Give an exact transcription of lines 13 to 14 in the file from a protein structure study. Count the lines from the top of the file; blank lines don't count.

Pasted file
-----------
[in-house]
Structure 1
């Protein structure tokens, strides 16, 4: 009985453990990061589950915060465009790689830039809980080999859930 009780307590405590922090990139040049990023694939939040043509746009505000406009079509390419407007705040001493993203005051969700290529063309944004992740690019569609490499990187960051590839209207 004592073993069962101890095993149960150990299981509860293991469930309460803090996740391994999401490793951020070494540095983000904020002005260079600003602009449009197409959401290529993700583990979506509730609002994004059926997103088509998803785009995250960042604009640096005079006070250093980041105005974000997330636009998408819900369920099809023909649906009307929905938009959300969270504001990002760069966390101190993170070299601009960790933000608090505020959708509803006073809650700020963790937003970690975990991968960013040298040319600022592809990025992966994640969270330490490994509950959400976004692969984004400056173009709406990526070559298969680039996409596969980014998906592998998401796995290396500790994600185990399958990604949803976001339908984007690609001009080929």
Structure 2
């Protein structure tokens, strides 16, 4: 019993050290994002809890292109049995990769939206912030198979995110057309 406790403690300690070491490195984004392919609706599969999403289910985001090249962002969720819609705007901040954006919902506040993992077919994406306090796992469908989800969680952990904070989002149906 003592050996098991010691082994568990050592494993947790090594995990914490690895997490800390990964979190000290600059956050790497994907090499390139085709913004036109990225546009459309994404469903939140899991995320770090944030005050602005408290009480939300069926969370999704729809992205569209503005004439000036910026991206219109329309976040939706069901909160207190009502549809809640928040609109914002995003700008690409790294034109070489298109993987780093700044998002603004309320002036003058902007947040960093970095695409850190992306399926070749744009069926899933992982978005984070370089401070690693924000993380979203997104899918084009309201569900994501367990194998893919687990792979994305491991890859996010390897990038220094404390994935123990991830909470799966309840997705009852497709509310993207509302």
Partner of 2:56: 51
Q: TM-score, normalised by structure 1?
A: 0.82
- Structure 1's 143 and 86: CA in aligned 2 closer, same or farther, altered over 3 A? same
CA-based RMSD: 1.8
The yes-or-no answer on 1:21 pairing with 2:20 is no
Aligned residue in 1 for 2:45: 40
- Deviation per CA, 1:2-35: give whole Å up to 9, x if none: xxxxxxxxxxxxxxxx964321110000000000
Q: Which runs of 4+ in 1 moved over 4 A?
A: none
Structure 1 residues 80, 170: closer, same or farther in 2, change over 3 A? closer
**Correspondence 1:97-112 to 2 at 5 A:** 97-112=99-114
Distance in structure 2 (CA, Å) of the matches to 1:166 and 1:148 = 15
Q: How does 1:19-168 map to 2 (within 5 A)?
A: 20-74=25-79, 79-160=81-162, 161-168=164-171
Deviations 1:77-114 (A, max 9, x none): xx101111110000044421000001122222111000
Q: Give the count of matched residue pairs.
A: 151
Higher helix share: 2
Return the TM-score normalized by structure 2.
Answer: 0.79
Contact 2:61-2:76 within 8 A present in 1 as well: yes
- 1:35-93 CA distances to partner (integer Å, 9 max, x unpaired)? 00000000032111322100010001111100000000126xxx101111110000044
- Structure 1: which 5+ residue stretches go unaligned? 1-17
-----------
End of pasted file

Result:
- Deviation per CA, 1:2-35: give whole Å up to 9, x if none: xxxxxxxxxxxxxxxx964321110000000000
Q: Which runs of 4+ in 1 moved over 4 A?